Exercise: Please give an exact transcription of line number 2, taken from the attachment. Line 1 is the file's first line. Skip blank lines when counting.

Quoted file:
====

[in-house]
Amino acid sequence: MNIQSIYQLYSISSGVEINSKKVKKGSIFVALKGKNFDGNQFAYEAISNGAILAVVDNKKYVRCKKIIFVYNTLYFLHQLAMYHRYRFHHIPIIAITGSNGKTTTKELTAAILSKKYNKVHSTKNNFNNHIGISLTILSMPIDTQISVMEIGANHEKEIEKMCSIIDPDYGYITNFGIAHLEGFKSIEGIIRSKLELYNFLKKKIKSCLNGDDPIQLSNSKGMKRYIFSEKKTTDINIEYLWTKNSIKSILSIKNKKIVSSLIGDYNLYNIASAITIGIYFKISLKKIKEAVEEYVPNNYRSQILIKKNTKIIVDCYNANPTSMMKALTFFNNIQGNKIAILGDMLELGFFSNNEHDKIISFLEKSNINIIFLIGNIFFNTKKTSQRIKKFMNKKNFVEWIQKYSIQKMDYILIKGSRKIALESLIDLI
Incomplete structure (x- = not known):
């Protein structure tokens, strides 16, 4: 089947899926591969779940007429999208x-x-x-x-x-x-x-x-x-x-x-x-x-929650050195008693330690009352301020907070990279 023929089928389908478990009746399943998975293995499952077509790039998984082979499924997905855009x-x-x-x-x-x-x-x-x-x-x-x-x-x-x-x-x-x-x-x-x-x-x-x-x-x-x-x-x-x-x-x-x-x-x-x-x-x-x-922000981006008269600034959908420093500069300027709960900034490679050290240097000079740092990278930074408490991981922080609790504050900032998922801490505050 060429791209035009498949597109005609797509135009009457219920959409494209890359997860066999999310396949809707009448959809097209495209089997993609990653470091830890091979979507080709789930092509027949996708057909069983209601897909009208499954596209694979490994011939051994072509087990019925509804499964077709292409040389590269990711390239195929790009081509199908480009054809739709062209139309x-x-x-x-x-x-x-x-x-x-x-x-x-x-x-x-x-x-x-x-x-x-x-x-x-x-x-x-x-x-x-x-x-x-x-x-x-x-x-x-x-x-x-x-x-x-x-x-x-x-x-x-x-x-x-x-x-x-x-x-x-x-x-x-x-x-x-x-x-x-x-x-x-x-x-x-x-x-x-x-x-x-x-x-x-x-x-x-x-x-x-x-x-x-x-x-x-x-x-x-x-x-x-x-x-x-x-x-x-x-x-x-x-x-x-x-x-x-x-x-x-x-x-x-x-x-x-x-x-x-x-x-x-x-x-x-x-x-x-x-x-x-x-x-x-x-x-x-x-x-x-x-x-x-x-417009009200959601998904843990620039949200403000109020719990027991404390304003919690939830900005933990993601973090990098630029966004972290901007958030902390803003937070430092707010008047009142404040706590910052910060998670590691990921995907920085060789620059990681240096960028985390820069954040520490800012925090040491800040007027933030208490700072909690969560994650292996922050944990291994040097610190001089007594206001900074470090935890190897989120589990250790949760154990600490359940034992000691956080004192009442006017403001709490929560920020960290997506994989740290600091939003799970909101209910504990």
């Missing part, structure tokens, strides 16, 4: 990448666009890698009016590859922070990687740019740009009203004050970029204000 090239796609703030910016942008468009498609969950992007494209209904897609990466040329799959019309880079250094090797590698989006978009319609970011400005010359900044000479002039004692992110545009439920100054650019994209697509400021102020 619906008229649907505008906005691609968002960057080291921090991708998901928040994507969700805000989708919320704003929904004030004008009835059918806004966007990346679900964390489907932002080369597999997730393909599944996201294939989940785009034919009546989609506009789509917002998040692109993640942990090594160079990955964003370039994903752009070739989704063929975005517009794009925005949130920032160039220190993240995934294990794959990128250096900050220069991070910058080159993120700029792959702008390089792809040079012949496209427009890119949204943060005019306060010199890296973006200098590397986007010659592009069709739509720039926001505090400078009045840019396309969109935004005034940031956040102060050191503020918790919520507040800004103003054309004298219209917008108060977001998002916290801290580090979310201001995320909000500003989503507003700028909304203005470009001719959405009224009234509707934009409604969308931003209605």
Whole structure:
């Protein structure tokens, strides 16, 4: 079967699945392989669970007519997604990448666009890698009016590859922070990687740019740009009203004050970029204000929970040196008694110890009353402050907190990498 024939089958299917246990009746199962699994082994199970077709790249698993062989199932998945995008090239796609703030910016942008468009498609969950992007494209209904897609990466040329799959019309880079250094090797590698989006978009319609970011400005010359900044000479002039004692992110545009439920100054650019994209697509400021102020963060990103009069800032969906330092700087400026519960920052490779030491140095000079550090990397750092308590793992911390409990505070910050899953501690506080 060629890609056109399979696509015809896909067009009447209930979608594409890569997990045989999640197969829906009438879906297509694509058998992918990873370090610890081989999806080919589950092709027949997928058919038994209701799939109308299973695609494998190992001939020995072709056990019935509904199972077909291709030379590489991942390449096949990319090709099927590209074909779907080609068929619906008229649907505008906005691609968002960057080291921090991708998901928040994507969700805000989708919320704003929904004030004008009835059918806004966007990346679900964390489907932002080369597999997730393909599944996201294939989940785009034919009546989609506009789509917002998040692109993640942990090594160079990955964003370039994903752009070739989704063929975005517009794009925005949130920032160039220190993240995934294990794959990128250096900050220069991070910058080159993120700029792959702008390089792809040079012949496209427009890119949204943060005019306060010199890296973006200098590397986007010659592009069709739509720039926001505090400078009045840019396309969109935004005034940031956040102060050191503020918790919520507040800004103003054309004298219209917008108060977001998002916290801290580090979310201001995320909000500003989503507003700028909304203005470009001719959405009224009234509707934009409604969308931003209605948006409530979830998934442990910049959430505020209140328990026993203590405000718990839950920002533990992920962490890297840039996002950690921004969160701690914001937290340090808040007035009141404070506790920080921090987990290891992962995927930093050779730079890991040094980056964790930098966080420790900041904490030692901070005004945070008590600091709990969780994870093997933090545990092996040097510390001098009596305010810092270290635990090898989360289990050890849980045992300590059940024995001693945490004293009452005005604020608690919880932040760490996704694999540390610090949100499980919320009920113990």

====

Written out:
Amino acid sequence: MNIQSIYQLYSISSGVEINSKKVKKGSIFVALKGKNFDGNQFAYEAISNGAILAVVDNKKYVRCKKIIFVYNTLYFLHQLAMYHRYRFHHIPIIAITGSNGKTTTKELTAAILSKKYNKVHSTKNNFNNHIGISLTILSMPIDTQISVMEIGANHEKEIEKMCSIIDPDYGYITNFGIAHLEGFKSIEGIIRSKLELYNFLKKKIKSCLNGDDPIQLSNSKGMKRYIFSEKKTTDINIEYLWTKNSIKSILSIKNKKIVSSLIGDYNLYNIASAITIGIYFKISLKKIKEAVEEYVPNNYRSQILIKKNTKIIVDCYNANPTSMMKALTFFNNIQGNKIAILGDMLELGFFSNNEHDKIISFLEKSNINIIFLIGNIFFNTKKTSQRIKKFMNKKNFVEWIQKYSIQKMDYILIKGSRKIALESLIDLI